Obviously I'm not going to post the recipe I used, but if you're morbidly curious, here it is. I did like the rest of Easter dessert ideas people threw out there and I plan to make them eventually. Next up: tapioca pudding.

Monday, April 13, 2009

Passover Rugelach

I don't often make Jewish treats since when Joe and I celebrate Jewish holidays, we usually go to one of his family member's house who keep Kosher. Joe doesn't keep Kosher, quite the opposite in fact: one of his favorite things is bacon. So I've made challah and such but pout because I can't impress Joe's kosher family with my gentile baking skillz.

Since passover rolled around, I decided I wanted to make something from the Jewish tradition, even if I couldn't take it to a Seder. I decided to make rugelach. I don't know if rugelach can be eaten on Passover but um, I don't care because I can eat rugelach whenever I want. I used a recipe from The Sweet Life that I've been eyeing for awhile but looking at other rugelach recipes, it's not too different from standard rugelach recipes.

I stuck with what the recipe said and filled the cookies with cinnamon, walnuts and currants but I think I would have liked them better filled with some sort of jam-y filling. But that's just me, I tend to prefer fruit fillings over nutty fillings.

I haven't eaten much rugelach so I can't say how traditional these are but I was happy how these turned out. Joe said the rugelach he's had in the past is often dry but these were nice and soft. Not exactly moist but you don't really want a moist cookie, do you? I'd rather not feel like I'm eating a small, disc-shaped sponge.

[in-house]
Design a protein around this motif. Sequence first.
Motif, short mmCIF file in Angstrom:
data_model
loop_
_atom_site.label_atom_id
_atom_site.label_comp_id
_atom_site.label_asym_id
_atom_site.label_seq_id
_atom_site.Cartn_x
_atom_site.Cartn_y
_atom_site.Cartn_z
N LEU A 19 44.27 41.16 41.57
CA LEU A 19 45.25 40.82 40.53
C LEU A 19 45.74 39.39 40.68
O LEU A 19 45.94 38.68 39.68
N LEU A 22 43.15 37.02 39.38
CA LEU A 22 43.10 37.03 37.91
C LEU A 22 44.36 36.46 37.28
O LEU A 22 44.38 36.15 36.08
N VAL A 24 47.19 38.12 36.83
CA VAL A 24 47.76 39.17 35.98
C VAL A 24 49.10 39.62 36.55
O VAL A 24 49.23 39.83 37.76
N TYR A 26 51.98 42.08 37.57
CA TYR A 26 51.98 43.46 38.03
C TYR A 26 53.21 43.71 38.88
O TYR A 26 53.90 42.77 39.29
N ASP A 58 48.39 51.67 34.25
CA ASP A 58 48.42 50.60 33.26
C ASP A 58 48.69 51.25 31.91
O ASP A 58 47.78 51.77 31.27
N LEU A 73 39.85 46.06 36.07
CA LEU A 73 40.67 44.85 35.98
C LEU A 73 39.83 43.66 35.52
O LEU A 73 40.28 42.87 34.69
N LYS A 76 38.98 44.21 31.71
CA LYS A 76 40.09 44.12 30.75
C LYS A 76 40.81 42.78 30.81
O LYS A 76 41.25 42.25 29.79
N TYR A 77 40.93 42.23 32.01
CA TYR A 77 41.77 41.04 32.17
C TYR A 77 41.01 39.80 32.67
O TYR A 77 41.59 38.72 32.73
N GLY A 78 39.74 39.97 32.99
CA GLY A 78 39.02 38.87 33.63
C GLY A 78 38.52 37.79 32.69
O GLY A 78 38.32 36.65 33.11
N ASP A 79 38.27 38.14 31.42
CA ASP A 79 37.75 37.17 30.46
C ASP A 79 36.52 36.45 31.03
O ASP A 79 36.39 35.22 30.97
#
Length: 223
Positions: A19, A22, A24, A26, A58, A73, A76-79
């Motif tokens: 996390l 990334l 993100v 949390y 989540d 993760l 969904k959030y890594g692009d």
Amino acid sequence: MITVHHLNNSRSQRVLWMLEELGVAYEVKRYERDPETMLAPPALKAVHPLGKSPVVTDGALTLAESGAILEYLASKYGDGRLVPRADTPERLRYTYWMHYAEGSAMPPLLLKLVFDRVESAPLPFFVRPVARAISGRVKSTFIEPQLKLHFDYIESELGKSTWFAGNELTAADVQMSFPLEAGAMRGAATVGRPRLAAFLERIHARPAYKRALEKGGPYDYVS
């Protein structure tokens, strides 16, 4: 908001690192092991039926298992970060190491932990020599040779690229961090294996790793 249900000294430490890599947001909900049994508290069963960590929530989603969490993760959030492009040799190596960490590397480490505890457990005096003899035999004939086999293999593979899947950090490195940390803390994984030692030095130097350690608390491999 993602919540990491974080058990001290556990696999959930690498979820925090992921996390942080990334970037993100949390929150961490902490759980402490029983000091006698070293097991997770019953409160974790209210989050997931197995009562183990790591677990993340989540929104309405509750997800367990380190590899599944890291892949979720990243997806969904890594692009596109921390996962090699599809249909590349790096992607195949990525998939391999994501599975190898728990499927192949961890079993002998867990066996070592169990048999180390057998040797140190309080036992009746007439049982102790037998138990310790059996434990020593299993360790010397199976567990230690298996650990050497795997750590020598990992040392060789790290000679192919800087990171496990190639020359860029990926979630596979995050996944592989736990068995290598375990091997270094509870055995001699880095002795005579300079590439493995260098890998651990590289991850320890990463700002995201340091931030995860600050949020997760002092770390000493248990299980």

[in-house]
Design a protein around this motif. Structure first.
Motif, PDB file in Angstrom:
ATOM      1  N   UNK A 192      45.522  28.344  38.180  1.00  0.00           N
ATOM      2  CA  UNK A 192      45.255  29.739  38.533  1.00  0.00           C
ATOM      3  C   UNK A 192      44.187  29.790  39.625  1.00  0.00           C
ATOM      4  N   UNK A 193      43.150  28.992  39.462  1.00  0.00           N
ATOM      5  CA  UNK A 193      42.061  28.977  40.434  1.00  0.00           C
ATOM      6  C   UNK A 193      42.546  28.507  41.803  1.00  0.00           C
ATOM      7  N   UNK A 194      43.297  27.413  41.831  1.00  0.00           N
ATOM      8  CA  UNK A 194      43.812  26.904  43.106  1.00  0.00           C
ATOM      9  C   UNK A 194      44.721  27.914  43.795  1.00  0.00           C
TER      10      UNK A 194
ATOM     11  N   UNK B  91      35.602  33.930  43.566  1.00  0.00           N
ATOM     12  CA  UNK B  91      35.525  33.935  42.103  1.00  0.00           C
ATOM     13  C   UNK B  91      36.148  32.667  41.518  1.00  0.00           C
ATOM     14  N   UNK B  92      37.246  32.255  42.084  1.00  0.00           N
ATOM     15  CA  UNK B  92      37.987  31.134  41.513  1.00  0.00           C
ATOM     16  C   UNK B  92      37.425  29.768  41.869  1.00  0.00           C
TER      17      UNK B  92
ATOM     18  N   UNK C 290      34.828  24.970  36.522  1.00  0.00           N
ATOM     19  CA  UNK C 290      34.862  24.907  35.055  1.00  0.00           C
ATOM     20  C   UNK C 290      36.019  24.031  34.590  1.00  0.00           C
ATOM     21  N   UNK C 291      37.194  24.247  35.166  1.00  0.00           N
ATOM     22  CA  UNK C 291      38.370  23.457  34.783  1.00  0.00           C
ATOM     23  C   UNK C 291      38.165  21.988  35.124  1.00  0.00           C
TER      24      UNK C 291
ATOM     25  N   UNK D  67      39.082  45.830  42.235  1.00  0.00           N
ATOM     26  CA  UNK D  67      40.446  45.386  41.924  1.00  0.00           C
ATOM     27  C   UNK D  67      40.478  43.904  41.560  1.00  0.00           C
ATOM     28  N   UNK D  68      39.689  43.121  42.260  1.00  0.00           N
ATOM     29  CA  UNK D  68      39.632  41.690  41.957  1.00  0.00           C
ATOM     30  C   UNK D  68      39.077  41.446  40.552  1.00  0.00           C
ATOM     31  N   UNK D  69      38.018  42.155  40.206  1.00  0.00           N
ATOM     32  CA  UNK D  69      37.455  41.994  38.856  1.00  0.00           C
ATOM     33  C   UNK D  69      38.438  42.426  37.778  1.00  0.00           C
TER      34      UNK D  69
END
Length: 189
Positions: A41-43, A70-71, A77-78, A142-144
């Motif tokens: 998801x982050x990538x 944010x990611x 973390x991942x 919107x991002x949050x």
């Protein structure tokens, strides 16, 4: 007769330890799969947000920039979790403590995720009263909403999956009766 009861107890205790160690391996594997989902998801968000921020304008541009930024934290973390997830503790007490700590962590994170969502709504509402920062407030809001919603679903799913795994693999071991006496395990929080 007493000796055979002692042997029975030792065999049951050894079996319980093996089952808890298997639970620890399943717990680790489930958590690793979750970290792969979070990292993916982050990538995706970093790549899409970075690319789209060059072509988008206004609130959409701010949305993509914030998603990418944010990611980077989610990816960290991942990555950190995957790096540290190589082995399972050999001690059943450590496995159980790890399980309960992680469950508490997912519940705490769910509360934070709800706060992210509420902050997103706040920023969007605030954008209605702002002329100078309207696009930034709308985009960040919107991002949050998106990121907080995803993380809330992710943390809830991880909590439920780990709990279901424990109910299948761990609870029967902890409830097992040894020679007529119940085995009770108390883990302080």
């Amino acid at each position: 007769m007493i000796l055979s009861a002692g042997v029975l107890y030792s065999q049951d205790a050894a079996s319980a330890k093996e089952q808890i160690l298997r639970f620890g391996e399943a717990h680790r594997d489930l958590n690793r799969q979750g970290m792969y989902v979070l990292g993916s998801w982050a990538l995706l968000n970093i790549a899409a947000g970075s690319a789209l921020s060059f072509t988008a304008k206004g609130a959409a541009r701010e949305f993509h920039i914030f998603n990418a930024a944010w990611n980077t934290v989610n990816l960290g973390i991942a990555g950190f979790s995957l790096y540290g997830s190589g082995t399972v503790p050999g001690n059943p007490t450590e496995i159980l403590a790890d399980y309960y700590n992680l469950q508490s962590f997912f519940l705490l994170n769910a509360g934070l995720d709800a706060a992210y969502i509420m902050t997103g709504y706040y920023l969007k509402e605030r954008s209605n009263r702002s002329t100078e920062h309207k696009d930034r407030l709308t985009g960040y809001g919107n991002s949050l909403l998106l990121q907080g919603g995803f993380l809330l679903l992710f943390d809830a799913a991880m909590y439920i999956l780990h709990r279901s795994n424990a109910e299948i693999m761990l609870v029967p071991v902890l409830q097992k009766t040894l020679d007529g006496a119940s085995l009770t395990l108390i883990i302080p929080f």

Like I said, the recipe seems pretty spot on to ones that I've seen on the internet so I won't post it: it's just a cream cheese based dough filled with a fruit and nut mix. I also am a proud owner of the Joe 3000 pasta maker model so it was fine to roll it. It was a bit delicate but more forgiving than pie crust.

By the way, I was totally unprepared for an Orthodox Seder. I've only ever been to reform Seders, where we kind of haphazardly dipped some bitter herbs in some salt water and called it a night. So when I got to Joe's families house and they cheerfully asked me if I had taken a nap I was like huh? And then I found out that it is not uncommon for their family to hold 8 or 9 hour Seders. We some how whizzed through it in a mere 4 hours though! A passover miracle. We went the second night as well but only for a little over an hour, Joe was so exhausted that he would've passed out in a bowl of matzoh ball soup.